Artist: Album: Genre: Label: Release date: Rating: Pixies “Indie Cindy” Alternative Rock Pixiesmusic, PIAS April 19, 2014 3/5 stars What rhymes with Pixies? Fixies. Who rides fixies? Hipsters. What do hipsters generally listen to? Indie. What rhymes with indie? Cindy. And there you have the name of the first album from the Pixies in 15 […]
Stories By Oliver Petraitis
Artist: Jackie Onassis Album: “Holiday EP” Genre: Hip-hop, rap Label: Sony Music Entertainment Release date: Nov. 17, 2012 Jackie Onassis is something else. And not the Jackie Onassis which might’ve come first to your mind, better known as Jackie Kennedy, wife of the 35th president of the United States. No, from Australia comes a group […]
Beck – Morning Phase Rating: 3/5 It’s pretty clear from just the 41-second introduction to Beck’s new Morning Phase that novelty, boundary pushing, and plain weirdness — the real staples of Beck’s legacy — are not part of this record’s master plan. Something of a mellifluous musical Zen prayer, “Cycle” opens the records’ blinds to […]
Album: “After the Disco” Artist: Broken Bells Genre: Alternative rock, space rock, disco Label: Columbia 4/5 There are certain bad words in the music world, cliché adjectives that describe guitar tone, words like “garage.” And then there are the genre words. The obvious ones are “dubstep,” “trap” and of course “disco.” If even the mention […]
Album: “Croz” Artist: David Crosby Genre: Rock Label: Blue Castle Records Release Date: Jan. 28, 2014 4 stars / 5 Those who have been inducted into the Rock and Roll Hall Of Fame are probably doing something right. If one has been inducted twice, then there’s no doubt. He or she is definitely doing something […]
Check out some awesome music that will be coming to your ears soon! Music Preview compiled by Oliver Petraitis, KRUA 88.1 FM Music Manager.
And now, for your holiday pleasure, watch as I struggle with the intensely difficult task of hierarchically ordering five of the best 2013 albums of that have graced KRUA’s airwaves. With so many uniquely good records, this is going to be nearly impossi — no. Wait. They’re all so great. I don’t think I can say with certainty that one is better than the other. So I’m going to lay them out here in no particular order. You can decide.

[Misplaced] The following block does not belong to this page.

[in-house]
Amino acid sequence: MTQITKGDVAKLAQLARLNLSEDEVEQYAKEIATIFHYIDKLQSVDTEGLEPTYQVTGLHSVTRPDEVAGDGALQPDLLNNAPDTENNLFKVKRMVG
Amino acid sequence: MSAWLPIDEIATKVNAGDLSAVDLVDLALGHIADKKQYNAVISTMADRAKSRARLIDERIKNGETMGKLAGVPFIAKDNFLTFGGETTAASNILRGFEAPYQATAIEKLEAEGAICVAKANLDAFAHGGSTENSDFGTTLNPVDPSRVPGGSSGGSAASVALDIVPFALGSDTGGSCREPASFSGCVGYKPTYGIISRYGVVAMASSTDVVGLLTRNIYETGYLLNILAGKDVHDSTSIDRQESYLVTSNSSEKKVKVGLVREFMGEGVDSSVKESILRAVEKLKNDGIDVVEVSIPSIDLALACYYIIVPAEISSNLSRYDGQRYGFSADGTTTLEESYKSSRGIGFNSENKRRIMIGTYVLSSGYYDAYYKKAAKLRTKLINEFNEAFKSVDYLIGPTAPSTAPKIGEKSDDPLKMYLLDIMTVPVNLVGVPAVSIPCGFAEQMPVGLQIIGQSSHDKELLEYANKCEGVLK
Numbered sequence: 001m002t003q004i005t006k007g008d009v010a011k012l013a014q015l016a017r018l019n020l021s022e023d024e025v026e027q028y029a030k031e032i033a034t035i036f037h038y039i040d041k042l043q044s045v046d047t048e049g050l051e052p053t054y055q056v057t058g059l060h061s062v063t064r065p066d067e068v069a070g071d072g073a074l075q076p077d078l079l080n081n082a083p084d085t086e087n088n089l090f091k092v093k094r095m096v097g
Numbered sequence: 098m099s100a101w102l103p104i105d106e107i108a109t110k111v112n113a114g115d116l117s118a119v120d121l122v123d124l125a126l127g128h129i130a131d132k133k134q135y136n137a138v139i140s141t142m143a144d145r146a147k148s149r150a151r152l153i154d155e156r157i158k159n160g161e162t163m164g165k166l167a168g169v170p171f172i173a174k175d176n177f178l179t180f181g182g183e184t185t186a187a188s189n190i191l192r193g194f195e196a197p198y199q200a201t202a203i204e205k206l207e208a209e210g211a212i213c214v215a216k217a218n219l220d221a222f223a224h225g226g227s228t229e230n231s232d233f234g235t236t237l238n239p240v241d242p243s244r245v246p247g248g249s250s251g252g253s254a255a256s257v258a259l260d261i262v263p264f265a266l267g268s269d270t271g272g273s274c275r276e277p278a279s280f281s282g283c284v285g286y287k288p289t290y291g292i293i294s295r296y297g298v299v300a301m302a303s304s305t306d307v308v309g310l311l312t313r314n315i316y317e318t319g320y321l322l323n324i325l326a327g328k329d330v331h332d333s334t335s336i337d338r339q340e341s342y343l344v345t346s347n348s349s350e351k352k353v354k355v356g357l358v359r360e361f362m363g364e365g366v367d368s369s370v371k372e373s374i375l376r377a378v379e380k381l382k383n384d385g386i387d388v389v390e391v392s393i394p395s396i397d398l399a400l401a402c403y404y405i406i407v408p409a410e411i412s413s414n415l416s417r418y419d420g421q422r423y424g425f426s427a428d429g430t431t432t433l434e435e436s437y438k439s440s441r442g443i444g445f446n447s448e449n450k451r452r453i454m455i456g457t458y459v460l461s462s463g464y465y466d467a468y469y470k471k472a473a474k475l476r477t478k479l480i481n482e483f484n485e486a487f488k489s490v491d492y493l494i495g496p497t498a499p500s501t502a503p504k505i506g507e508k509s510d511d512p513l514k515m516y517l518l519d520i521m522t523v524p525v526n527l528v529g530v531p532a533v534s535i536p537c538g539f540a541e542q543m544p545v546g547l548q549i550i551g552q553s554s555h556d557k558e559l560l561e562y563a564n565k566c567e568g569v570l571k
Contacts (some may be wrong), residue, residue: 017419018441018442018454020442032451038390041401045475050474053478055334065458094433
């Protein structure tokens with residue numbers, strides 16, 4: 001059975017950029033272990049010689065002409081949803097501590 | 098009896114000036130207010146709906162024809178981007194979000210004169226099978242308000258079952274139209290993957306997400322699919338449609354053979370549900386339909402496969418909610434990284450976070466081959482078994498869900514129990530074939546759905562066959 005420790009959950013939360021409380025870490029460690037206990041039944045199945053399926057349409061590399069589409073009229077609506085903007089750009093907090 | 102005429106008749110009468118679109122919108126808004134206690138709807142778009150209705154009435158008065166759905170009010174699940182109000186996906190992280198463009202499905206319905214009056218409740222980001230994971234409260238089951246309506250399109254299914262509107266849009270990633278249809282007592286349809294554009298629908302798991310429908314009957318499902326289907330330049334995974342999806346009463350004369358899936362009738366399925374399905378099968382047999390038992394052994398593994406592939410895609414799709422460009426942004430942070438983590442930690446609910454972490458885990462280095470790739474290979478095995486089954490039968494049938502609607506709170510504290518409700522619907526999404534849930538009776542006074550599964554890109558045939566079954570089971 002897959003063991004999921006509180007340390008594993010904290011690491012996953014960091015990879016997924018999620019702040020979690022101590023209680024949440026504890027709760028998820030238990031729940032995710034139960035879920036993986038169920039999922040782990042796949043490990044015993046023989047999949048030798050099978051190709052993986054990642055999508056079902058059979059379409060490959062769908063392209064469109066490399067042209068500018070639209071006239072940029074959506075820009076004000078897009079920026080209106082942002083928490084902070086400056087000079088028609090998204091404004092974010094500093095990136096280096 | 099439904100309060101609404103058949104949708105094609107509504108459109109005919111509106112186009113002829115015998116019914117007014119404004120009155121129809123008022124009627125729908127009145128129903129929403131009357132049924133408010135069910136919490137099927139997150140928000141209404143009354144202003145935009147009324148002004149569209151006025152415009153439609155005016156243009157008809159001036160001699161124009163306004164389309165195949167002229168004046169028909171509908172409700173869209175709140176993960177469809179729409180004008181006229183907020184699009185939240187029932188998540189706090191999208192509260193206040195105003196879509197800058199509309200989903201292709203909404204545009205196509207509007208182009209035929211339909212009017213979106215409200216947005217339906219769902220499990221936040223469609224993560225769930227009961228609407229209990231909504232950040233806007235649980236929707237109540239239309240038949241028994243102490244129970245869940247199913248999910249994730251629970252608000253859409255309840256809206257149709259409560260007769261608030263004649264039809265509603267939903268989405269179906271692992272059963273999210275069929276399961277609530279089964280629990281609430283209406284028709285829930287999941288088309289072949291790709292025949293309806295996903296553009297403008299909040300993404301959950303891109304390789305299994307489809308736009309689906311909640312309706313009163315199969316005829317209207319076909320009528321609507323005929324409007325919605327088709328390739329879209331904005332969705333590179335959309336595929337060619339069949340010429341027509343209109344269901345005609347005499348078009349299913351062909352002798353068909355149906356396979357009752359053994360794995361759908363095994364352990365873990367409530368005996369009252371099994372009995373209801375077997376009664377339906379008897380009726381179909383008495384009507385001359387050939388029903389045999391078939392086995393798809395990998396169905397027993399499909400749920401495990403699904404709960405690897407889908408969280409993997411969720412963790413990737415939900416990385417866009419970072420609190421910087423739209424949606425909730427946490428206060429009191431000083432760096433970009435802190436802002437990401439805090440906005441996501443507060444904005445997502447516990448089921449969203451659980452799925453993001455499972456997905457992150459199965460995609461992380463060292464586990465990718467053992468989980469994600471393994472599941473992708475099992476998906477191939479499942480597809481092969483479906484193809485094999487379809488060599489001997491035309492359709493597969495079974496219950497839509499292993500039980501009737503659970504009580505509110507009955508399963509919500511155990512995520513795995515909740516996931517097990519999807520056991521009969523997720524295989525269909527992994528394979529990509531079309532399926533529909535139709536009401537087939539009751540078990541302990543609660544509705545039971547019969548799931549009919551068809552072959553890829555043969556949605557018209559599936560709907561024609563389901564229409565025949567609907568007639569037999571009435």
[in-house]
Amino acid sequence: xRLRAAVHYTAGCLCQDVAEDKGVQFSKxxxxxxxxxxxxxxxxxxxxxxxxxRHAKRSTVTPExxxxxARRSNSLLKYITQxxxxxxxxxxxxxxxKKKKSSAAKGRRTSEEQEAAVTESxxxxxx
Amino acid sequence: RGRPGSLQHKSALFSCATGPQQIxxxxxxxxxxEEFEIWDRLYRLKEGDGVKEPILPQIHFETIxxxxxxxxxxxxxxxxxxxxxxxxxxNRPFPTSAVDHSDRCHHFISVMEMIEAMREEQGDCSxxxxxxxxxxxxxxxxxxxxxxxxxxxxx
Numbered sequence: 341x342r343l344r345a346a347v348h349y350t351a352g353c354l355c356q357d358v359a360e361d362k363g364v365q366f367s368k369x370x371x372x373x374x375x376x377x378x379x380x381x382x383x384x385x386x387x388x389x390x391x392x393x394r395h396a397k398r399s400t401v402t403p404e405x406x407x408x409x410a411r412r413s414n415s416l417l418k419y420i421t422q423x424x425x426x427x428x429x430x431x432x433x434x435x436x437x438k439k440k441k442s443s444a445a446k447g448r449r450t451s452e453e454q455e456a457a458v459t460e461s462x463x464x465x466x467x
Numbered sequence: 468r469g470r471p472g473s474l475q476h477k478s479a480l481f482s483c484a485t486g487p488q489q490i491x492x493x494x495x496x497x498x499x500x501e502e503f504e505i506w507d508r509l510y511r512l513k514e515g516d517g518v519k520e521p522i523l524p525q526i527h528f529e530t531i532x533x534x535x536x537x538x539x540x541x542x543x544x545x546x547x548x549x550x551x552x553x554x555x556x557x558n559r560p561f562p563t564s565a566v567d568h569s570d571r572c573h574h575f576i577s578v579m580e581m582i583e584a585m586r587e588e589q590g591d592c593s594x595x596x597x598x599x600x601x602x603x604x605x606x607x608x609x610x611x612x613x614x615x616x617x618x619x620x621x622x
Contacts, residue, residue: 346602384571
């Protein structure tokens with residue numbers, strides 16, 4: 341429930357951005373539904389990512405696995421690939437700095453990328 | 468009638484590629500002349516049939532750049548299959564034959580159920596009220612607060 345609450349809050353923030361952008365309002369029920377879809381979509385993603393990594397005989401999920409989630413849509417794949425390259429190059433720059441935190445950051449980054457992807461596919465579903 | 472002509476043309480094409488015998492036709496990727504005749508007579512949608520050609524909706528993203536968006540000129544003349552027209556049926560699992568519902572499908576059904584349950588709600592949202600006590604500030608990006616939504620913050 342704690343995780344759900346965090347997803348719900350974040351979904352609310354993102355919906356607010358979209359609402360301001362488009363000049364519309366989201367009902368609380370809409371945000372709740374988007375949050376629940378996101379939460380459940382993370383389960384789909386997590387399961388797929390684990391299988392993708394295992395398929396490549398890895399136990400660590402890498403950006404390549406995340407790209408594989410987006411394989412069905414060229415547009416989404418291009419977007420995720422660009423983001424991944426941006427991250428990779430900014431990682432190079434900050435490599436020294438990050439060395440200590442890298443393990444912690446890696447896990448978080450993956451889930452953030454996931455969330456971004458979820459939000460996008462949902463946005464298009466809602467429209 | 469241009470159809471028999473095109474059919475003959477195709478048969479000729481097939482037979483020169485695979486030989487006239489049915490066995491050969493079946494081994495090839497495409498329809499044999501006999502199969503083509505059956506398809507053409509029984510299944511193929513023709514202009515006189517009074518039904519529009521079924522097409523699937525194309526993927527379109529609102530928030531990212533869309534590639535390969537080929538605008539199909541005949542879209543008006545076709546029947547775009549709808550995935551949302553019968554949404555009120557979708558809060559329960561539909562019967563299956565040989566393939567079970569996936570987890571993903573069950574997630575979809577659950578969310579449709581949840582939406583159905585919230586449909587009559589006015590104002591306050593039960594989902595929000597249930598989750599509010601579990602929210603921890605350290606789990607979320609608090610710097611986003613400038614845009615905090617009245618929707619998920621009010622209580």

If you didn’t like Shady antics before, stop reading now. If Marshall Mathers is unconditionally your Messiah, you might also stop reading now. This review is for those who are on the fence about a certain rapper who shares a name with a shellac-covered candy.
It’s just sad. It’s sad to see someone with talent, especially very specific talents, take them in a direction that doesn’t coincide with their capabilities. And it happens for a variety of reasons, this kind of reaction formation. In the case of Miley Cyrus, she’s going through a musical reactionary period that harks back to the title of the debut album from the Arctic Monkeys, “Whatever You Say I Am, That’s What I’m Not”: You say I’m a country star? I rap. You say I’m a Disney child? I party. You say I’m a role model for young girls everywhere? I twerk.
What “Rawnald Gregory Erickson The Second” did for STRFKR, “If You Didn’t See Me (Then You Weren’t On the Dancefloor)” has done for the eclectic indie-pop doppel-doppelganger that is Dale Earnhardt Jr. Jr. “If You Didn’t See Me” is both something of a love-lawsuit demanding an alibi and a subtle suggestion to the music world to take stock of this group. Maybe it’s just a long-song-name thing that works for breakout tunes.
“Down in the valley with whiskey rivers, these are the places you’ll find me hiding. These are the places I will always go.” These are the iconic lyrics from The Head and the Heart’s breakout tune “Down In The Valley,” a folk ballad that evokes a little piece of Jack Kerouac’s rambling mysticism in all of us. And they — these beautiful, quaint, and captivating folksters — certainly took listeners down there with them.
Ethan and Joel Cohen once asked, “O Brother, Where Art Thou?” and they got a cinematic answer. The music business phrased it a little differently: “O brothers Followill, where art thou?” And the biz, too, got an answer.
You don’t have to believe an Al Gore supporter to see the ugly truth that global warming is real, and it’s affecting humans and our environment. But it also poses a particular threat to a certain rebellious and certainly misplaced species: arctic monkeys.